Category: Science Fiction

Soundbite Sunday: The Martian

May 24, 2015 Audiobook, Fiction, Science Fiction 26 ★★★★★

Soundbite Sunday: The MartianTitle: The Martian
Author: Andy Weir
Source: Blogging for Books, Bought
Links: Bookshop (affiliate link) |Goodreads

Summary: The narrator, the story, the humor – everything was fantastic!

If someone had to be stranded on Mars, Mark Watney was a great choice. Only someone with his mad botany and engineering skills could possibly stay alive, with no way to communicate with Earth and too few supplies to wait on a rescue mission. And only someone with his phenomenal sense of humor could survive the solitude without going insane. These two traits also made him a wonderful protagonist to read about. Being stranded on Mars could make for a depressing, hopeless story. Instead, I spent the whole book laughing or on the edge of my seat rooting for Mark to survive each new challenge.
Read more »


Soundbite Sunday – Embassytown

October 5, 2014 Audiobook, Fiction, Review, Science Fiction 8 ★★★★

Soundbite Sunday – EmbassytownTitle: Embassytown
Author: China Mieville
Links: Bookshop (affiliate link) |Goodreads


Like Mieville’s The City and the City, the world building in Embassytown blew me away. It was a bit hard to follow as an audiobook because the world was complex and there was no exposition, but I loved how the author slowly revealed the world as the plot unfolded. The plot itself took a bit of a backseat (inevitable, perhaps, with world building this good) . I was interested in finding out what happened, but I was far less engaged towards the more action-packed ending than I was at the beginning, when I couldn’t wait to piece together more about the world the author created.

Read more »


Soundbite Sunday – Lock In

September 14, 2014 Audiobook, Fiction, Science Fiction, Thriller 8 ★★★★★

Soundbite Sunday – Lock InTitle: Lock In
Author: John Scalzi
Source: from publisher for review
Links: Bookshop (affiliate link) |Goodreads

Summary: This was a fun, fast-paced thriller which explored interesting ethical dilemmas and fascinating new paths science might take.

Lock In occurs in a not-too-distant future in the aftermath of devastating virus. Most people who get the virus either die or survive with only flu-like symptoms, but some small percentage actually have their brain rewired by the virus. Most of them become “locked in”, still alive but unable to control their bodies. Technological advances allow those who are locked in to control robot-like personal transports or  to borrow the bodies of “integrators”, people whose brains were rewired by the virus in a different way. When new FBI agent Chris Shane discovers a man apparently murdered by an integrator, he must determine if anyone else was using the integrator’s body and whether someone is using integrators’ abilities to get away with an even greater crime. Read more »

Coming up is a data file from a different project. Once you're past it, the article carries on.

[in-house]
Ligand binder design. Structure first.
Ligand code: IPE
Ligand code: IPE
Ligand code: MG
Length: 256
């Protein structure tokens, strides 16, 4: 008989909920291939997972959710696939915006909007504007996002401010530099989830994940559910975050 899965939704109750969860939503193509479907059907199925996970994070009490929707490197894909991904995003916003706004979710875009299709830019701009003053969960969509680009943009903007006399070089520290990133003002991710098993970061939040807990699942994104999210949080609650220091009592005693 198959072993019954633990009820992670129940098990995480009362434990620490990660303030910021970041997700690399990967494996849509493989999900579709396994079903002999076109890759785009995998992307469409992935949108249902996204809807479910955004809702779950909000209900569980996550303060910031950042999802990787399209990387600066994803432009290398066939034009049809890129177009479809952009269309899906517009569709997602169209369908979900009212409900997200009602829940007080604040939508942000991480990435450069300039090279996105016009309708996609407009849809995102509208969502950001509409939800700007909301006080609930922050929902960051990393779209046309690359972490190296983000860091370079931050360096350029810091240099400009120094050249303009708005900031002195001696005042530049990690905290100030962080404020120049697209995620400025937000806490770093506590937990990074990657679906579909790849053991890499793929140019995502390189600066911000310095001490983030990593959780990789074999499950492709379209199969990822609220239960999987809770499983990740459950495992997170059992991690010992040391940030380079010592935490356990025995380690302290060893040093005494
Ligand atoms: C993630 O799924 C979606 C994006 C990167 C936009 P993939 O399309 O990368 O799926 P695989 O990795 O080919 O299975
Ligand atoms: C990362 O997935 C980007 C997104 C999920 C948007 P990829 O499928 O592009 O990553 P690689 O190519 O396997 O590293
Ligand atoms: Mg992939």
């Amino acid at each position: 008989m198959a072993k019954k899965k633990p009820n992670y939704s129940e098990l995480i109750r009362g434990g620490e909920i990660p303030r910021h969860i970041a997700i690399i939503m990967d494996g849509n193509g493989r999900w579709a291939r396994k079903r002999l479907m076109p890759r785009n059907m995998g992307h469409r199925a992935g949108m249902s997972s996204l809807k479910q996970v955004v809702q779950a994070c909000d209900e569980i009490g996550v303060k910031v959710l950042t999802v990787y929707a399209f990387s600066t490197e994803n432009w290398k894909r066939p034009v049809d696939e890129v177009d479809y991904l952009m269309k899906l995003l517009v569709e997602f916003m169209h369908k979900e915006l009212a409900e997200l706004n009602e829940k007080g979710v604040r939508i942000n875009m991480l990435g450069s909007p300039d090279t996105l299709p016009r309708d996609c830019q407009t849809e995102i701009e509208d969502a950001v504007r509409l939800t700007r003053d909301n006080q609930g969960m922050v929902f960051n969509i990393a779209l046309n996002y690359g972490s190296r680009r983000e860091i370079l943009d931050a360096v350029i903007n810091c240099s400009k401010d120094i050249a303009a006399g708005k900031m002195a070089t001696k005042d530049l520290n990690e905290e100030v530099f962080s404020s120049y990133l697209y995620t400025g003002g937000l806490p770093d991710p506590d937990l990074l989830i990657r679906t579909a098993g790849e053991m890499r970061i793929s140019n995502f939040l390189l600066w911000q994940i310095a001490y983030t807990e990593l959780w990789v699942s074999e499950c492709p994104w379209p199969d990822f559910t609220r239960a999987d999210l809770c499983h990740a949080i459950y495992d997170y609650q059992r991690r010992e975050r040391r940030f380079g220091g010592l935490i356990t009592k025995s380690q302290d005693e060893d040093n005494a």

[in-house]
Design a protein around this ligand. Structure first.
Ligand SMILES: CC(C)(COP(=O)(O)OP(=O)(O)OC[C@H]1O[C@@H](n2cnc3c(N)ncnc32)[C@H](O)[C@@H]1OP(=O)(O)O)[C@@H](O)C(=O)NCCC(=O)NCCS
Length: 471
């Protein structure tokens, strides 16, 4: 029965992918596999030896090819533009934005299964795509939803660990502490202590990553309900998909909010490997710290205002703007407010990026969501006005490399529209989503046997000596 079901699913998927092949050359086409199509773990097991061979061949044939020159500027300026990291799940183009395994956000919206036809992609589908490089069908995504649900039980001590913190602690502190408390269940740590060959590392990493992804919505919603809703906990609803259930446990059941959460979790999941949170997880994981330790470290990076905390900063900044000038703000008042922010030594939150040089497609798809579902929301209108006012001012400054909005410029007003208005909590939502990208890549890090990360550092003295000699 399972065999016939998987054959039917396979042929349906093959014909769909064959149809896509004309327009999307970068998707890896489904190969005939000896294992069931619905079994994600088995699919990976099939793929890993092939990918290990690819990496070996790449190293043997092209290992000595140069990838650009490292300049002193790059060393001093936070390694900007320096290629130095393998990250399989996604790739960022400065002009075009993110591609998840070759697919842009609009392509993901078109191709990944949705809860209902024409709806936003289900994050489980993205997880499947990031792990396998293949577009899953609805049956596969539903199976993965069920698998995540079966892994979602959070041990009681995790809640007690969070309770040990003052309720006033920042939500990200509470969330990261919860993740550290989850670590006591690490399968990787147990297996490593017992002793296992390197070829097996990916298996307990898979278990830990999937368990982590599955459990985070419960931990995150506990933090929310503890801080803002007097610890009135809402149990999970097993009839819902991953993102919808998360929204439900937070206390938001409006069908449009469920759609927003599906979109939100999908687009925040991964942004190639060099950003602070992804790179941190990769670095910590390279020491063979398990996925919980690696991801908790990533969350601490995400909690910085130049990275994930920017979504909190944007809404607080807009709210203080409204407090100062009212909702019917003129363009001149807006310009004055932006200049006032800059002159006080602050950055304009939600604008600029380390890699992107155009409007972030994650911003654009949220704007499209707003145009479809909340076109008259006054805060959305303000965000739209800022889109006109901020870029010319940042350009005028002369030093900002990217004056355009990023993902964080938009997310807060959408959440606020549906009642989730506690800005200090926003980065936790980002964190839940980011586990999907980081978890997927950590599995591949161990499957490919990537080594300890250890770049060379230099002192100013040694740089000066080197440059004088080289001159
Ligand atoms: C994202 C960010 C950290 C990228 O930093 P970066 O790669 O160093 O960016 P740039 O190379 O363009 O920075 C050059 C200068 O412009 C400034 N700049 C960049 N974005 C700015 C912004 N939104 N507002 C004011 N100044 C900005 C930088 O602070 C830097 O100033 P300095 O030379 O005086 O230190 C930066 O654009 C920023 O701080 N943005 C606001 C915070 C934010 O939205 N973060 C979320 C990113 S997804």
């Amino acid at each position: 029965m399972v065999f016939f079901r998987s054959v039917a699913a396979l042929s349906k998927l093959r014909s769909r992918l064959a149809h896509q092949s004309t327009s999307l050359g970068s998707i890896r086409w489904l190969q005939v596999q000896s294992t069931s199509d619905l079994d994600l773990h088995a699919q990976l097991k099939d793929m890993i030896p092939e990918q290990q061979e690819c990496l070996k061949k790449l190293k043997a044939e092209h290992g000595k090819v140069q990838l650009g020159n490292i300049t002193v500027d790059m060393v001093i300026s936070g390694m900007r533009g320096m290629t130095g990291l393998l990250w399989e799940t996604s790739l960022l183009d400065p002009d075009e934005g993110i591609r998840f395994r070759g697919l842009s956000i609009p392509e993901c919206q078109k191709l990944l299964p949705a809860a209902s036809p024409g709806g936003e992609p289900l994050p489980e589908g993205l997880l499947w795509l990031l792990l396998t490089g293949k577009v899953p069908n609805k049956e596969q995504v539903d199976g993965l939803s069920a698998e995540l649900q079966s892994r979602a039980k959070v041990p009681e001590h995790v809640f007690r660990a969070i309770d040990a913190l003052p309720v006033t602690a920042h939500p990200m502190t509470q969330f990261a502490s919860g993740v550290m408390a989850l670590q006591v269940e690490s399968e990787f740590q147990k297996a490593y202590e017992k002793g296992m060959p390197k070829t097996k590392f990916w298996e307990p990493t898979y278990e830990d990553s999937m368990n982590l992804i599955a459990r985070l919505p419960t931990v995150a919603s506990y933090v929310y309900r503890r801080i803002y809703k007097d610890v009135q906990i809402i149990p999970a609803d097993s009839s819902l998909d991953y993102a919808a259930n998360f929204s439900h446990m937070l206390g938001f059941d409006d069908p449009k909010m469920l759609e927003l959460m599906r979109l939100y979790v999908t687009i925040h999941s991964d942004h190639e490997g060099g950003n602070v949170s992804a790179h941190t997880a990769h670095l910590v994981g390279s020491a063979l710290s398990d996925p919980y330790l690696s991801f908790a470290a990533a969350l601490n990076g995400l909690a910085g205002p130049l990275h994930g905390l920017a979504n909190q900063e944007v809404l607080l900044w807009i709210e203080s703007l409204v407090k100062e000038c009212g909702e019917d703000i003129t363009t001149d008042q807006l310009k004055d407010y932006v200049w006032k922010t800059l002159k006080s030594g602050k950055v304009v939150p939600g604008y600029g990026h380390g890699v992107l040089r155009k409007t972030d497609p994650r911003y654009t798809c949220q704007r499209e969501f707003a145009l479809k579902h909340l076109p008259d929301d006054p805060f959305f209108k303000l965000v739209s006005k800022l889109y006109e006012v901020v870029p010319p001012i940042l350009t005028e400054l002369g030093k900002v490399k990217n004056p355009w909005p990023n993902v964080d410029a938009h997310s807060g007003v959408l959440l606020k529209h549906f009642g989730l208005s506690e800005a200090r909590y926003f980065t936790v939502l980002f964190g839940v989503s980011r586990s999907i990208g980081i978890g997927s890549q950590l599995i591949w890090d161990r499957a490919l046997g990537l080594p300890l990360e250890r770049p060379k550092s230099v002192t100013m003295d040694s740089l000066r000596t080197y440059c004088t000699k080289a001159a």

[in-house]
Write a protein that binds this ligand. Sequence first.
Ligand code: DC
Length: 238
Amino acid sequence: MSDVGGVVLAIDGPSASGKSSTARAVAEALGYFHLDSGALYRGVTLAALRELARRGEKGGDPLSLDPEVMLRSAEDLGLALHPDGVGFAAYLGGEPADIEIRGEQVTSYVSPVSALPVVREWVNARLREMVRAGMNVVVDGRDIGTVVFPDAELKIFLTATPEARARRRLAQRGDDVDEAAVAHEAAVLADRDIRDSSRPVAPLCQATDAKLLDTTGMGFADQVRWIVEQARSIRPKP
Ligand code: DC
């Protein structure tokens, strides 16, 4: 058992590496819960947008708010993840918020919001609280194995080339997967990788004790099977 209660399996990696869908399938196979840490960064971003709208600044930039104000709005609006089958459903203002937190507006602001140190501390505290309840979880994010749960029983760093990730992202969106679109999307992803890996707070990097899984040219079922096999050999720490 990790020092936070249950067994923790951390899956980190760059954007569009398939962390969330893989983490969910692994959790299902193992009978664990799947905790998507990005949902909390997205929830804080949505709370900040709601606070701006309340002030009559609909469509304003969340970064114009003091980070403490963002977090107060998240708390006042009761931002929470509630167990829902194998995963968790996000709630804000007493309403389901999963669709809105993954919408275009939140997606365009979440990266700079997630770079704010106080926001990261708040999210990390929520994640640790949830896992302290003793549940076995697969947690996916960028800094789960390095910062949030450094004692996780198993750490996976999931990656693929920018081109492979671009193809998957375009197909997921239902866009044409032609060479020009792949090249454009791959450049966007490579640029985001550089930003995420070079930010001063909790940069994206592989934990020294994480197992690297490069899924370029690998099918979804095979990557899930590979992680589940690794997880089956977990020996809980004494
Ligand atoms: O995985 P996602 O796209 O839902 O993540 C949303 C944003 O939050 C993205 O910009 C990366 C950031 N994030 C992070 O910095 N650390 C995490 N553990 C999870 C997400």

Soundbites: World War Z

December 7, 2013 Fiction, Science Fiction, Soundbites 2

117991Title: World War Z
Author: Max Brooks
Narrators: Full cast (includes author and Nathan Fillion)
Rating (Story): ★★★☆☆
Rating (Narration):★★★★★

World War Z is the story of the zombie war, told in a series of interviews with the survivors. One of my favorite things about this book was that it starts with the first infections and covers all the details you might possibly want to know about how a zombie outbreak would go down. We start by learning about what the disease is like from a medical perspective. Then we see how different countries reacted politically and eventually militarily to the outbreak. And finally, we get little snippets of how individuals survived. I loved how realistic and believable all these details made the story. I also adored the full cast narration. It was just perfect for this book. The only downside for me was the narrative style and the length of the book. The interview style narrative seemed lazy to me, with the interview questions interrupting the flow of the story and serving as an artificial mechanism to transition between different topics. Due to this narrative style and the short length of the book, I never got particularly attached to any of the characters in the story and the whole thing lacked emotional impact.